After a long day, I’m usually not in the mood to go hangout. But 90% of the time when I push through that social fatigue, I’ll come out with great friendship growing experiences. Keep in mind that you typically know your limits, and when it is definitely time to call it quits. Sometimes when you’re in loud, dynamic social situations, you just take a break and walk away. But the harsh reality is that we sometimes can use struggles with mental health as an excuse to not do things. And that can be dangerous because staying by yourself and not pushing yourself to do things is what makes you feel even more alone. Trust your gut and try your best to experience new things with new people as difficult as it may be.
“Some might disagree, but I think it is really mentally healthy to push yourself to go out and grow old and new friendships (maintain that neuroplactisty, yo!).”
You are not alone
Yes, I know you hear this phrase all the time and everyone agrees with that statement. But take a second to consider the implications and imperatives of “you are not alone.” If you believe that to be true, which you should, then you should reach out to other people so you don’t feel alone. The sooner you reach out to people the better off you’ll be.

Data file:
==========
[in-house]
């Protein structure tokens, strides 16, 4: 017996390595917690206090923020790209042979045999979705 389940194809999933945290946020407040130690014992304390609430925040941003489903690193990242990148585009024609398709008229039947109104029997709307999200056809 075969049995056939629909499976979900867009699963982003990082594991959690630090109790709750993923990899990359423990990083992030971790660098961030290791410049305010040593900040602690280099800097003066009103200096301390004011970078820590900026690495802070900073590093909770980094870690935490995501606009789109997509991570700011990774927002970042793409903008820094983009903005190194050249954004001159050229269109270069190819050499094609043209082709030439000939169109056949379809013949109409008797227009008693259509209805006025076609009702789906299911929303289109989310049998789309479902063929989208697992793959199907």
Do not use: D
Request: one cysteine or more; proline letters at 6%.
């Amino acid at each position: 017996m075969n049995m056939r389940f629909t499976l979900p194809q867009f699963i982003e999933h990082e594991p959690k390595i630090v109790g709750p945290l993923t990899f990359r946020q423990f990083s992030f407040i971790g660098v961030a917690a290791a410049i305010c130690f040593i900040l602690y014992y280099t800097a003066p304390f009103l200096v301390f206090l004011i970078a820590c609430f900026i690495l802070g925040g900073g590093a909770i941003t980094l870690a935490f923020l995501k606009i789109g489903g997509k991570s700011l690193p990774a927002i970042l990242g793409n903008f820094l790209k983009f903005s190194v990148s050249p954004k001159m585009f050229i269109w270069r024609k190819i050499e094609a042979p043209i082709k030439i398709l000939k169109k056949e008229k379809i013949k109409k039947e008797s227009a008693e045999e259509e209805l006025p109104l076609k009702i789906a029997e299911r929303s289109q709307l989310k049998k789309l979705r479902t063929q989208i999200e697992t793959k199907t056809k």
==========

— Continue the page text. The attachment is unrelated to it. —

Even when you don’t think things are that bad because you’ve “felt worse,” it’s always good practice to contact friends when you aren’t doing so well. This can both help you process what you are going through and prevent you from getting any worse. Plus, honest interactions where you make yourself vulnerable to your friends grows relationships better than almost any other circumstance. The more you open up, the more people open up to you and you discover that you’re not so alone after all.
I hope this helps. If you’re interested in hearing more conversations about mental health and relationships, check out Mr. Feels, a podcast about mental health that shares unique perspectives. There’s a few episodes dedicated specifically to handling relationships while undergoing mental health problems. I think you’d enjoy it.
Tyler May is a co-host of The Mr. Feels Podcast. Mr. Feels is dedicated to opening up a conversation about mental health and erasing the stigma surrounding it. For more information, visit Tyler’s website.